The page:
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cast: Sharon Stone, Gene Hackman, Russell Crowe, Lance Henriksen, and Tobin Bell
director: Sam Raimi
103 minutes (15) 1994
widescreen ratio 2.35:1
Sony blu-ray Region B retail
review by Donald Morefield
The Quick And The Dead
A lone rider arrives in the western town of Redemption, seeking vengeance for her murdered father - a marshal who challenged the criminals that
killed him. Back in the mid-1990s, following her attainment of stardom in Basic
Instinct, in between action roles in Total Recall (opposite Schwarzenegger), and The Specialist (with Stallone), a 'wild west'
picture with Sharon Stone was quite an enticing prospect. Here, she plays 'the Lady', later identified as Ellen, a novice gunfighter joining a
duelling contest organised by town despot Herod (Gene Hackman, performing a cheekily extravagant variation of his Oscar-winning 'Little Bill' Daggett
supporting character in Eastwood's Unforgiven).
For a slick western thriller that also counts Clint Eastwood's seminal High Plains Drifter (1973) among its varied influences, perhaps this
particularly astute casting of Hackman as the chief villain, might be viewed as one borrowing too many from Eastwoods' oeuvre... But director Sam
Raimi, and screenwriter Simon Moore, have crafted such an obviously affectionate homage to both stylised 'spaghetti' westerns, and traditional
Hollywood horse operas, and then blessed the film with simmering undercurrents of both femininity and feminism (Stone's Ellen is a notable amalgam
heroine - seemingly inspired by Calamity Jane, Annie Oakley, and Jane Fonda's Cat Ballou), that even such blatantly developed influences, aesthetic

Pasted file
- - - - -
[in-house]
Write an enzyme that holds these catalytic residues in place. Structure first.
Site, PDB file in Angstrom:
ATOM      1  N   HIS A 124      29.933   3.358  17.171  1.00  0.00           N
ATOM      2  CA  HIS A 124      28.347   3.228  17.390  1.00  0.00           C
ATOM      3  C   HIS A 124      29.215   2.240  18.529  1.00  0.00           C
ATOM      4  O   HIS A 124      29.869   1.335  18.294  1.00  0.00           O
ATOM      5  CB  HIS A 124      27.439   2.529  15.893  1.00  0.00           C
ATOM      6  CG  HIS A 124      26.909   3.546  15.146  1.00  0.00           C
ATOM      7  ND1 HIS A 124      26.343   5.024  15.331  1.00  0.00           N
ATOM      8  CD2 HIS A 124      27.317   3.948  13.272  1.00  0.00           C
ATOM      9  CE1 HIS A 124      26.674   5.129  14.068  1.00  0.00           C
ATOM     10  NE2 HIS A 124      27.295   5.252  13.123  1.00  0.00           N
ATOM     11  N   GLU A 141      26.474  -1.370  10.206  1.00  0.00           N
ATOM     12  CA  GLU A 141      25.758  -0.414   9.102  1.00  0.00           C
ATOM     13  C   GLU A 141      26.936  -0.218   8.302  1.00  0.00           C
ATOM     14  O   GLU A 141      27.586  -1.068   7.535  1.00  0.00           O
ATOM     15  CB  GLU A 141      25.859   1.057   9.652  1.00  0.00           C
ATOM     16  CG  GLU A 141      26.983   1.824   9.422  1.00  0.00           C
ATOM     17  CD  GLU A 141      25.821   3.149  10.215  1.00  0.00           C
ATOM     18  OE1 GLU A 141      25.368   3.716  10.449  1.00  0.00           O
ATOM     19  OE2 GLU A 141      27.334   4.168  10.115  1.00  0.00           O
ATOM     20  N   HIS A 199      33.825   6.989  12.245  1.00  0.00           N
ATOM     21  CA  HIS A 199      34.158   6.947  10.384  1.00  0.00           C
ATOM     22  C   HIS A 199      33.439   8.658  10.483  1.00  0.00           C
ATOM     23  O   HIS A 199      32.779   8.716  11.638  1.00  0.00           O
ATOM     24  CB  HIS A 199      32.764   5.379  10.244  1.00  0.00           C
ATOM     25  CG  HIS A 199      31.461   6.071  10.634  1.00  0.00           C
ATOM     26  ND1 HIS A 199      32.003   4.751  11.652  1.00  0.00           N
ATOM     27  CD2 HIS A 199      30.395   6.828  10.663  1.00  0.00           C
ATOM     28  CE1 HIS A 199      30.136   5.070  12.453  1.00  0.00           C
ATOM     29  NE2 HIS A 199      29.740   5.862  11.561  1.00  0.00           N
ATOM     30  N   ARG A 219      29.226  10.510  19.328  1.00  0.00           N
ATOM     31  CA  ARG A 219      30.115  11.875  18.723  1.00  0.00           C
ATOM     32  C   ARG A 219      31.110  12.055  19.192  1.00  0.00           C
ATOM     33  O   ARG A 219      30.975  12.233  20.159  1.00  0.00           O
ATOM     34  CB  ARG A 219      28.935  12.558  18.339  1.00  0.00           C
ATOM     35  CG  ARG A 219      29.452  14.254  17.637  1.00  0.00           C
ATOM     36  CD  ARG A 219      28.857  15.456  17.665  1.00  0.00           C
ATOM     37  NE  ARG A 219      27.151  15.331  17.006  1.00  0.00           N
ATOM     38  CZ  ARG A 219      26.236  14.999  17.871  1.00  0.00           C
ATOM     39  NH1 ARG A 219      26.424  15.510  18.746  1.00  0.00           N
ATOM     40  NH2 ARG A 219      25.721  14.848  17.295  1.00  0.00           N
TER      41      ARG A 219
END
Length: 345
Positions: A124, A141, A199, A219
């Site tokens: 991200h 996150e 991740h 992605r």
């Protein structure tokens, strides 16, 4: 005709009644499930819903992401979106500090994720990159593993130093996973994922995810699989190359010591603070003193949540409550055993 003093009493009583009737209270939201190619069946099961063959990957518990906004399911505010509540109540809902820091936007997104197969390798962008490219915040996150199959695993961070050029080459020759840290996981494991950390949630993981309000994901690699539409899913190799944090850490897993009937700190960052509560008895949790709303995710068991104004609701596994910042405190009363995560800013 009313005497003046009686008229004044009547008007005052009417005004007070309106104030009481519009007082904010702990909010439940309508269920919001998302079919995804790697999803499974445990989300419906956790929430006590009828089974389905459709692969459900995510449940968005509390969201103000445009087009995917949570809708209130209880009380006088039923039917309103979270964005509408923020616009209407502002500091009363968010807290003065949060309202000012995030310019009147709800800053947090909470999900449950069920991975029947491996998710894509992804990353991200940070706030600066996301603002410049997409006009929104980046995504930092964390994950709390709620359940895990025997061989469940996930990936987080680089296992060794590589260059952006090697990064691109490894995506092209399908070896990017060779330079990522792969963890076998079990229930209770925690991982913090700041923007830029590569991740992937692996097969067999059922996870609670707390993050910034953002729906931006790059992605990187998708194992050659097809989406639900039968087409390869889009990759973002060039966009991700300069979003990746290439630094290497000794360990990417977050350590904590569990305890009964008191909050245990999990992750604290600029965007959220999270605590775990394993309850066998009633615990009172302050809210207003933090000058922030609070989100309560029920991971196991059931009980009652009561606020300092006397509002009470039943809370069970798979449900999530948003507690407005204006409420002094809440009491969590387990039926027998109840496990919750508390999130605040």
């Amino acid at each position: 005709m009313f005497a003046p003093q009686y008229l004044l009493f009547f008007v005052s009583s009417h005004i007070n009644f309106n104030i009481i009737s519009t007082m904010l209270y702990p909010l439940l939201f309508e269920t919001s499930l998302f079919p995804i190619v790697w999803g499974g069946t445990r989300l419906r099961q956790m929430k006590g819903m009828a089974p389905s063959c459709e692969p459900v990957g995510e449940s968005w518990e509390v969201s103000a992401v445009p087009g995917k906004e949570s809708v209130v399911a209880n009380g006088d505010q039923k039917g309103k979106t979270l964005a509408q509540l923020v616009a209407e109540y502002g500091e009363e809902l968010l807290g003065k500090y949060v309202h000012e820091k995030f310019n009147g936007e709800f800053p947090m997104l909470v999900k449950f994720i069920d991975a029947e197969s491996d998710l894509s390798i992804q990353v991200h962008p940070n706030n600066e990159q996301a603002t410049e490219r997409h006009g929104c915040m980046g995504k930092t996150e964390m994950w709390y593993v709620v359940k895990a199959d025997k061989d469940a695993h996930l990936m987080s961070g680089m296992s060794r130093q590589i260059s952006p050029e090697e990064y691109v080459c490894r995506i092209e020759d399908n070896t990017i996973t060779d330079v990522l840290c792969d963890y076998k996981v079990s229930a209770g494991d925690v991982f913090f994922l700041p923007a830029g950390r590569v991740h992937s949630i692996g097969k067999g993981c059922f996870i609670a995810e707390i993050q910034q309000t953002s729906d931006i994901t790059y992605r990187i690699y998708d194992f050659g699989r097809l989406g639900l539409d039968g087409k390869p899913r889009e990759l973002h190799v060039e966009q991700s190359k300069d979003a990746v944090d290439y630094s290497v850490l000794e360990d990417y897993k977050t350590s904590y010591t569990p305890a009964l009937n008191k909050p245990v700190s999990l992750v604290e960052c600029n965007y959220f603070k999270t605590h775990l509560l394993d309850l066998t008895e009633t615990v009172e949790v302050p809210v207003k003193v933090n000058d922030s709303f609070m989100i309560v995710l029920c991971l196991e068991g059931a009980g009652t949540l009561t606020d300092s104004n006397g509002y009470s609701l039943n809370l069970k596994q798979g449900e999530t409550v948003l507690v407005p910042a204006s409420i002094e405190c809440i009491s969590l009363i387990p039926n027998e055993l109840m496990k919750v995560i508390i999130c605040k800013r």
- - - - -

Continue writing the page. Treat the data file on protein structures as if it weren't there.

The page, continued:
and narrative, do not, in any significant way, detract from this film's board appeal to mainstream cinema tastes.
Other principal castings for The Quick And The Dead - of Russell Crowe, whose stardom was clearly ascendant back then; and the 20-year-old
Leonardo DiCaprio, just ahead of his leading role in Baz Luhrmann's modernist Shakespeare, Romeo + Juliet (1996), plus extremely talented
supporting actors such as Keith David, Lance Henriksen, Tobin Bell, with superb veteran, Pat Hingle - provided further evidence of the filmmakers'
savvy in assembling team players capable of roundly expressing peculiar individualities for their often ironically-mannered iconic western roles.
In fact, every key role in the unfolding drama of sudden death is perfectly balanced for easy recognition by genre fans of several wild-west archetypes;
from the undertaker Doc Wallace (Roberts Blossom), and victimised saloon-girl Katie (Olivia Burnette), to grungy outlaw, 'Scars' (Mark Boone Jr), and
local sleaze, Dred (Kevin Conway), a rapist and paedophile.
It's not immediately clear, in the timetable of clock-strike scheduled gunfights, who is most likely to end up shooting the hateful villains, or
the boastful gunslingers (a Sioux Indian, named Spotted Horse, claims invulnerability to bullets; Henriksen's charismatic trick-shot artist, 'Ace'
Hanlon, is fatally exposed as an unskilled fraud by Herod's expertise), but there are few genuine surprises here. It's to be expected that Herod
will manipulate proceedings to such an extent that he ends up shooting his immodest son 'the Kid' (a rather unsympathetic DiCaprio), and that the
villain is wily enough to pit reluctant hero Cort (Crowe, underplaying almost to the point of invisibility), against vulnerably-anxious heroine
Ellen, necessitating their rule-breaking ruse to counteract and prevent a wicked twist of fate that Herod plans for them.
Raimi employs numerous camera tricks or displays of prosthetics to enhance, with consummate wit and savage humour, the wounding and killing scenes.
This cannot be praised as a modern classic of the western genre, but neither is it a complete flop (as its US box-office receipts had suggested).
It's unlikely to be found on any critic's top 10 listing of cult movies, either. The Quick And The Dead is merely a competent production,
a lively mix of clichés and talent, which is quite satisfactory by anyone's standards.